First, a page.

Walking through Anhui province is far more satisfying than through the more developed province of Zhejiang for many reasons, among them the fact that you tend to bump into more interesting people. Anhui has the reputation of being one of China's poorest provinces, and it is clearly not as prosperous as the coastal regions. But there are many factors against which to balance that fact. The air is cleaner. Life is simpler. The landscape and the people somehow seem to have more depth and character.
The economy of this part of China consists of a balance of rice and tea that has existed for who knows how many centuries. I cross a stream, walk through paddy fields, then up into the gently rolling hills which something more than a whisper of the Himalayas but still not much more than a murmur. They are widely planted with tea, mostly green tea related to the Dragon's Well tea famous in Hangzhou to the south. And then, as I head back down the slopes towards another watercourse, the suburban hedges are once again intermingled with rice paddy. It is a luxury for the eyes to gaze these shifting tea and rice vistas.
It is the end of the year, the late rice harvest is now in, and the rice fields are looking ravaged and despondent. The nippy combine harvesters which have been buzzing around for weeks have all disappeared, no doubt off south to keep ahead of winter. But tea bushes are the same dark green color, same manicured shapes all year round. They feel mature, the vegetation equivalent of sedate classical music, compared to the rock and roll, live fast die young approach of the rice.
I am now past the city of Xuancheng, largest city of southeastern Anhui and a noisy, dirty place that definitely looks its best at night. I am walking along National Highway 318 which runs almost due west the way from Shanghai to the town of Nanling, about 30km west of my current location. The highway then curves south towards the river city of Anqing, but I will be continuing on westward, along a smaller road, into what appear from satellite photographs to be more significant mountains which define the Yangtze River valley beyond. I will cross the river at Tongling. After that, it is not clear what happens. The maps give little information, but my plan is to stick as close as possible to the 31st parallel, passing to the north of Wuhan, while staying on roads that are accessible to motor vehicles. The quieter, the more remote the roads are, the better, as long as they lead forever west.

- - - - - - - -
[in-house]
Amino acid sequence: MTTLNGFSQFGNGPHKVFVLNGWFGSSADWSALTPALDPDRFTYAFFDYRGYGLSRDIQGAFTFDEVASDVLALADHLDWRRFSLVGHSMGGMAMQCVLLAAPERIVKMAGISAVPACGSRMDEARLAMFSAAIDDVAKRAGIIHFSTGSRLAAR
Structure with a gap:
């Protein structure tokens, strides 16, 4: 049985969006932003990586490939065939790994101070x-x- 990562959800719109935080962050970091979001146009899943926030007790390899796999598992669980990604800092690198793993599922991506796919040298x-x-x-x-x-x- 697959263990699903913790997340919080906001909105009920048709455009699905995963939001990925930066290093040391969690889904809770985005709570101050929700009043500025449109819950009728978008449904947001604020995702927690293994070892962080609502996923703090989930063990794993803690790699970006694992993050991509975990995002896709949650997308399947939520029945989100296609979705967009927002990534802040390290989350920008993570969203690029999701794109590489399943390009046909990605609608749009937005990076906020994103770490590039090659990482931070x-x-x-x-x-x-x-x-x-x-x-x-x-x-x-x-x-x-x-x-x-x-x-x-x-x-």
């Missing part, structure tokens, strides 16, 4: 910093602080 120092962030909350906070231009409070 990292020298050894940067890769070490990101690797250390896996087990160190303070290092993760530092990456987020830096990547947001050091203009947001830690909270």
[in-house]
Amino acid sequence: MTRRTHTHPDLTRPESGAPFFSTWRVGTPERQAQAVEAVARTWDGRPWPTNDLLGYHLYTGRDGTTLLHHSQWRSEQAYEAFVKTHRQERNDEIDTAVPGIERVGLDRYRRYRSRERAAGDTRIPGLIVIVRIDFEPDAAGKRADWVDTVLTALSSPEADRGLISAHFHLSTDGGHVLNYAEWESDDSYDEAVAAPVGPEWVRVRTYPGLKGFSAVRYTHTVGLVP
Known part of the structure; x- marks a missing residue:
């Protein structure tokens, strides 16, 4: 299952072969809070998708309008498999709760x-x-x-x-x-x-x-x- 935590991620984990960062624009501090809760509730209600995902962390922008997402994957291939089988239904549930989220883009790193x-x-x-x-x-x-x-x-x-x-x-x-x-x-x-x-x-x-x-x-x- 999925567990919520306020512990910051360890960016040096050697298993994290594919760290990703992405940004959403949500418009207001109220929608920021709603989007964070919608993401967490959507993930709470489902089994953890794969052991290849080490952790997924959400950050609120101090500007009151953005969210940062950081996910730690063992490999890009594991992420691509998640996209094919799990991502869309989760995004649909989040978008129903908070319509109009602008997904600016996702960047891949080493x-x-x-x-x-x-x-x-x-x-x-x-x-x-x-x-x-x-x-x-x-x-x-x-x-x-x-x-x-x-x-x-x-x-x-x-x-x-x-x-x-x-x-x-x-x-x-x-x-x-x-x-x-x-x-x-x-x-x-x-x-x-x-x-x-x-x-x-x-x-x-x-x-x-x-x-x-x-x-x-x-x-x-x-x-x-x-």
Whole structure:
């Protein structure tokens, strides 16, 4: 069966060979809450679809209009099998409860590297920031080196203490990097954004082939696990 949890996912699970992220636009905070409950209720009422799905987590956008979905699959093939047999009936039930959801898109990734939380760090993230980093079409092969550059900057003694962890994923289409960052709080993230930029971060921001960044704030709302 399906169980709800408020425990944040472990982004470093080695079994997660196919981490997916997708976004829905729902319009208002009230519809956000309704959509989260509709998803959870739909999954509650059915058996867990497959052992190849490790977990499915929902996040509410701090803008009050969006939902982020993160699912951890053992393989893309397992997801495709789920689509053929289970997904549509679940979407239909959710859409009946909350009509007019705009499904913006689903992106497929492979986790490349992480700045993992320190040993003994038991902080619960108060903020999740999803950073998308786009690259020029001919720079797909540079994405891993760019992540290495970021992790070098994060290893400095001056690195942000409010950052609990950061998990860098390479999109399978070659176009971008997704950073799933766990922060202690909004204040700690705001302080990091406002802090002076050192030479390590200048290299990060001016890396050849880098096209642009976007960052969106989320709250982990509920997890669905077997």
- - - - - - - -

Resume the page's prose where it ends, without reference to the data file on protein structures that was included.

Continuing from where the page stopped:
There is nothing physically arduous about this project. It is at its heart nothing more than a series of country strolls. And the insignificance of the project was brought home to me forcefully when I came upon two Buddhist nuns walking in the opposite direction.
The two ladies have been walking for two months, and plan to visit all five of the sacred "mountains" of China, starting with Putuoshan, the island in the East China Sea, southeast of Shanghai where the Madonna of Chinese Buddhism, Guanyin, is said to have first appeared.
They are pulling small covered carts in which they sleep and meditate, and they walk three steps, prostrate themselves on the ground while repeating the Buddhist chant Amitofo, then stand up, walk three more steps, prostrate themselves again. These are very fit human beings, their heads are shaved and their minds cleansed of just about all the cares and worries that assail the average human being.
The leader of the two nuns was kind enough to let me take photographs and to ask some questions, but her patience was limited because she was focused on her devotion to the Lord Buddha and the process of inching forward towards her goal, i.e. Nirvana.
The head nun said she expected the entire pilgrimage to take around five years, that they survive on alms given to them by people they meet along the way. I spoke to her for only a few minutes, but I know she is as strong a human being, in both mind and body, as anyone I have ever met. She asked me only one question – are there Buddhists where I come from? I said yes. She nodded happily. Then the encounter was over.
On the road that same day, I met a peasant woman in her mid-30s, whose questions were all about religion as well. She wanted to know about Christianity and was disappointed that I was not a Christian.
"Are you a Christian." I asked. "No."
"What is the reason for your interest in it, then?"
"Well, I am trying to understand life," she replied.
An interesting comment from such a person. I wouldn't want to suggest that everyone in Anhui is a philosopher, but from the brief experience I have had, it would seem there is more deep thinking going on here than in the money-mad coastal provinces.
Anhui people also seem to be more outgoing, more interested in reaching out to me, inviting me to sip some tea, visit their homes, relate in some way.
They all seem to know at least one English word – Hello! They love to use it as I walk by, shouted and extended. It is the Anhui Hello-luyah chorus.
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